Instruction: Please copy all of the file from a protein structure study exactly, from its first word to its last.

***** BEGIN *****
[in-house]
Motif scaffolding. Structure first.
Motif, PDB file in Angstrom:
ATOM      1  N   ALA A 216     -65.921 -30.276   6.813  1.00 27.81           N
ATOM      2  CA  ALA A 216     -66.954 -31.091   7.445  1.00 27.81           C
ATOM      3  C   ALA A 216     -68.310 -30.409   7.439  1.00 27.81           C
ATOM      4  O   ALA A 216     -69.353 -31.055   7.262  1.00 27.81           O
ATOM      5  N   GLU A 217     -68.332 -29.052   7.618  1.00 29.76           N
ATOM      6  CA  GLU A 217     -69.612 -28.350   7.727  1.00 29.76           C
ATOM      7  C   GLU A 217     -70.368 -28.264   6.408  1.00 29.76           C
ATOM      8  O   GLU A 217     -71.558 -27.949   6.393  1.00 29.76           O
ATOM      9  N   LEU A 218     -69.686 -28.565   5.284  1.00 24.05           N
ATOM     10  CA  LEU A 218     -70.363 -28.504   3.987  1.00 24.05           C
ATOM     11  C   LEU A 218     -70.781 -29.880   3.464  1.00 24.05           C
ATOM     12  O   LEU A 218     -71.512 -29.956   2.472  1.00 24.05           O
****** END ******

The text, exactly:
[in-house]
Motif scaffolding. Structure first.
Motif, PDB file in Angstrom:
ATOM      1  N   ALA A 216     -65.921 -30.276   6.813  1.00 27.81           N
ATOM      2  CA  ALA A 216     -66.954 -31.091   7.445  1.00 27.81           C
ATOM      3  C   ALA A 216     -68.310 -30.409   7.439  1.00 27.81           C
ATOM      4  O   ALA A 216     -69.353 -31.055   7.262  1.00 27.81           O
ATOM      5  N   GLU A 217     -68.332 -29.052   7.618  1.00 29.76           N
ATOM      6  CA  GLU A 217     -69.612 -28.350   7.727  1.00 29.76           C
ATOM      7  C   GLU A 217     -70.368 -28.264   6.408  1.00 29.76           C
ATOM      8  O   GLU A 217     -71.558 -27.949   6.393  1.00 29.76           O
ATOM      9  N   LEU A 218     -69.686 -28.565   5.284  1.00 24.05           N
ATOM     10  CA  LEU A 218     -70.363 -28.504   3.987  1.00 24.05           C
ATOM     11  C   LEU A 218     -70.781 -29.880   3.464  1.00 24.05           C
ATOM     12  O   LEU A 218     -71.512 -29.956   2.472  1.00 24.05           O